Before diving into the details of this 8.2-inch 10 diff build, we figure we should address a couple of questions that are sure to pop up. First of all, the 8.2-inch 10-bolt rearend came in Chevy and B-O-P (Buick-Olds-Pontiac) versions; for our purposes, that means it was found in '62-67 Chevy II/Novas and various Novas, Chevelles, and El Caminos through the '72 model year. Question two, which follows quickly and more vehemently, is, "Why would you build one of these things?" So we'll explain the why and what we did to make this thing a viable dragstrip diff.
The why of this story follows the idea that it's cheaper to build up what you already have than to buy something else. Would a 12-bolt or a 9-inch be stronger? Absolutely, but a full new replacement setup for our subject '67 Nova would cost at least $2,000. We did find a few used 8.5-inch 10-bolts and 12-bolts during some online searching, but not many-and they were of indeterminate quality. Someone looking to make this swap with used parts would have to factor in the costs of a rebuild and retrofit in addition to whatever was paid for the core diff.
Dave Stoker had all this in mind when it came time to rehab the rearend in his 11-second '67 Nova, a car that gives off no external evidence of its dragstrip prowess. When it comes to cost, Stoker tells us that a core 8.2-inch 10-bolt fetches about $150, if not less, on the open market. Stoker certainly had cost considerations in mind, but he was also looking to keep a Nova rearend in his Nova, as well as maintain its sleeper persona-right down to its bantamweight diff.
Ironically, the diff that needed replacing was the victim of a faulty posi unit, not the small-size differential itself. With this in mind, our first move was to raid the Eaton catalog for PN 19603-010, which is a limited slip differential for '64-72 Chevrolet 8.2-inch 10-bolts with 28-spline axles and 3.08-or-steeper gears. Obviously, we wanted both wheels a-turnin'. On the other hand, Eaton posi units come filled with forged gears and carbon friction discs that will handle the 11-second abuse we'd be throwing at it.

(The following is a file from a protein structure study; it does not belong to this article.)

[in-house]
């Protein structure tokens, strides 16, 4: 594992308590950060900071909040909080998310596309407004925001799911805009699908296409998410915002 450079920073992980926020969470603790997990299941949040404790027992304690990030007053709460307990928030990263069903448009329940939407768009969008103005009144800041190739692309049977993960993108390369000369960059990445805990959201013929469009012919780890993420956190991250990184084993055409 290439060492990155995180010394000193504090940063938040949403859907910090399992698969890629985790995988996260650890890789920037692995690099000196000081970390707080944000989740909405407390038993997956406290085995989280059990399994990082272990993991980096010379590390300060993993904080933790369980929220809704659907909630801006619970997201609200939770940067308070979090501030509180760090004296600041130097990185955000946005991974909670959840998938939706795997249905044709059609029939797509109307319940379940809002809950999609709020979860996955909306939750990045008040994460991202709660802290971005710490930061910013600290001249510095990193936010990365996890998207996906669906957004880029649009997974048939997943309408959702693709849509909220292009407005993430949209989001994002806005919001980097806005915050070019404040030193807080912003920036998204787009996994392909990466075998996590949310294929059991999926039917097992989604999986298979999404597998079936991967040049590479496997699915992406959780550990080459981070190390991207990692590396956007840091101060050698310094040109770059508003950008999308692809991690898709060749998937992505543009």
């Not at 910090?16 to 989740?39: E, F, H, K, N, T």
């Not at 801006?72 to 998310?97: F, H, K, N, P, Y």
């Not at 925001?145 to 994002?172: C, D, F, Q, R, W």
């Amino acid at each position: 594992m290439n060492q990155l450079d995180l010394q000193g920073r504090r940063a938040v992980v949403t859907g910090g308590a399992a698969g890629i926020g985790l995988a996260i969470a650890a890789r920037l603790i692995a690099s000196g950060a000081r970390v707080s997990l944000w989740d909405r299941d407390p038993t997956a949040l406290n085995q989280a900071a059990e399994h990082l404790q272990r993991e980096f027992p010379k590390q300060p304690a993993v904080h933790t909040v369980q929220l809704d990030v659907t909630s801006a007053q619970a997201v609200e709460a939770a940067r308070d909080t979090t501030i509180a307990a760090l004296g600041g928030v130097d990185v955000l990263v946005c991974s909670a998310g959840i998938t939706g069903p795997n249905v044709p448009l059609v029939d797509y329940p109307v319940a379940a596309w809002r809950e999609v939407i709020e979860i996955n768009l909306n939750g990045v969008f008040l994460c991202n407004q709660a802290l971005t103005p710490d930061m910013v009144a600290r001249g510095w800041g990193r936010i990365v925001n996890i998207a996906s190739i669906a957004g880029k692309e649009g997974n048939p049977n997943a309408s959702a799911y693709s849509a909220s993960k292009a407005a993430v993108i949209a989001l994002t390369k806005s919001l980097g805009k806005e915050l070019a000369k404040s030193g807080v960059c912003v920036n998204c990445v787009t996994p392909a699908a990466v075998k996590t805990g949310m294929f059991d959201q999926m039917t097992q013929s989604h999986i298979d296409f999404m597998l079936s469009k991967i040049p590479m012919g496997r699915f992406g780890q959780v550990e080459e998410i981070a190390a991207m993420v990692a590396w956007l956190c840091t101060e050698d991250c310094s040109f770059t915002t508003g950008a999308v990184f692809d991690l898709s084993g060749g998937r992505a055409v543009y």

Our second call was to Randy's Ring & Pinion. If you call Randy's for tech support, you'll probably be talking to Terry Burg, as we did. In short, we looked to upgrade every piece we could. The Yukon Gear ring-and-pinion set we chose (in the Nova's original 3.36:1 ratio) is made to be stronger than OEM gears while running as quietly as a stock set. The 1541H steel axles we chose are 25 percent stronger than OEM pieces, according to Randy's. We also ordered a master rebuild kit, which comes with Timken bearings to ensure strength and durability.
Burg went a step further, strongly suggesting we run a rear girdle rather than a stock cover. "The higher the horsepower level, the more it wants to shoot a bearing cap out the back," he explains. "And this is a small ring-and-pinion with small bearings and carriers." The cover Randy's provided reinforces the bearing caps against just such an occurrence. "It's one of the best things you can do with these small rearends," Burg tells us.
Of course, all these high-grade parts can go for naught if a rearend isn't properly set up, and that's where Don Lee Auto Service comes in. Don Lee tech Rick Galloway has set up more than a few diffs, many of them in heavily abused off-road vehicles. The bottom line here is to take your time and set up the gears correctly-it's the best way to ensure longevity for any rearend.
So what did we get for our efforts? First of all, Stoker reports that this rearend is indeed quiet, a testament to the gearset quality and the professional setup. But more importantly for our purposes, we of course took a trip out to Irwindale Speedway to test our handiwork and saw a nice drop in 60-foot times from a not-too-shabby 1.64 to an even better 1.565. But will this diminutive diff live? We'll let you know, since we've got more straightline fun planned for this slick Nova. In the meantime, check out the highlights of this 10-bolt build.
Assemble an 8.2-inch rear that can survive in an 11-second Nova.
It takes less power to move a small ring-and-pinion. Use quality parts, set it up correctly, and reinforce the carrier bearings, and it will survive.